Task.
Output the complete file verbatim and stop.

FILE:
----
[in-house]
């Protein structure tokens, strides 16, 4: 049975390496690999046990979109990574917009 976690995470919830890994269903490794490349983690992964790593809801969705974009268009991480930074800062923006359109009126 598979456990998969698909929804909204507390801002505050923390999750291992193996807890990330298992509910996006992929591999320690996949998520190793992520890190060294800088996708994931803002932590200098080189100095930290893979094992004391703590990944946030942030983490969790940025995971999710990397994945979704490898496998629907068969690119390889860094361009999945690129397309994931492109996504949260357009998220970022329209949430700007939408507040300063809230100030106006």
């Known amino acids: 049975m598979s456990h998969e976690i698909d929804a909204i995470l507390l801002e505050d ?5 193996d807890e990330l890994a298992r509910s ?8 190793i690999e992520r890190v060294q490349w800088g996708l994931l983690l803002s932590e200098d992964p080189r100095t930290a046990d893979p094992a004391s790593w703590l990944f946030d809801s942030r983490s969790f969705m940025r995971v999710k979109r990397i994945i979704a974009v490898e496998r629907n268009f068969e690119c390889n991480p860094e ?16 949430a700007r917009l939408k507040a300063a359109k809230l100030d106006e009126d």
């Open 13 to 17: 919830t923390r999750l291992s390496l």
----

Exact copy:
[in-house]
């Protein structure tokens, strides 16, 4: 049975390496690999046990979109990574917009 976690995470919830890994269903490794490349983690992964790593809801969705974009268009991480930074800062923006359109009126 598979456990998969698909929804909204507390801002505050923390999750291992193996807890990330298992509910996006992929591999320690996949998520190793992520890190060294800088996708994931803002932590200098080189100095930290893979094992004391703590990944946030942030983490969790940025995971999710990397994945979704490898496998629907068969690119390889860094361009999945690129397309994931492109996504949260357009998220970022329209949430700007939408507040300063809230100030106006």
């Known amino acids: 049975m598979s456990h998969e976690i698909d929804a909204i995470l507390l801002e505050d ?5 193996d807890e990330l890994a298992r509910s ?8 190793i690999e992520r890190v060294q490349w800088g996708l994931l983690l803002s932590e200098d992964p080189r100095t930290a046990d893979p094992a004391s790593w703590l990944f946030d809801s942030r983490s969790f969705m940025r995971v999710k979109r990397i994945i979704a974009v490898e496998r629907n268009f068969e690119c390889n991480p860094e ?16 949430a700007r917009l939408k507040a300063a359109k809230l100030d106006e009126d």
């Open 13 to 17: 919830t923390r999750l291992s390496l």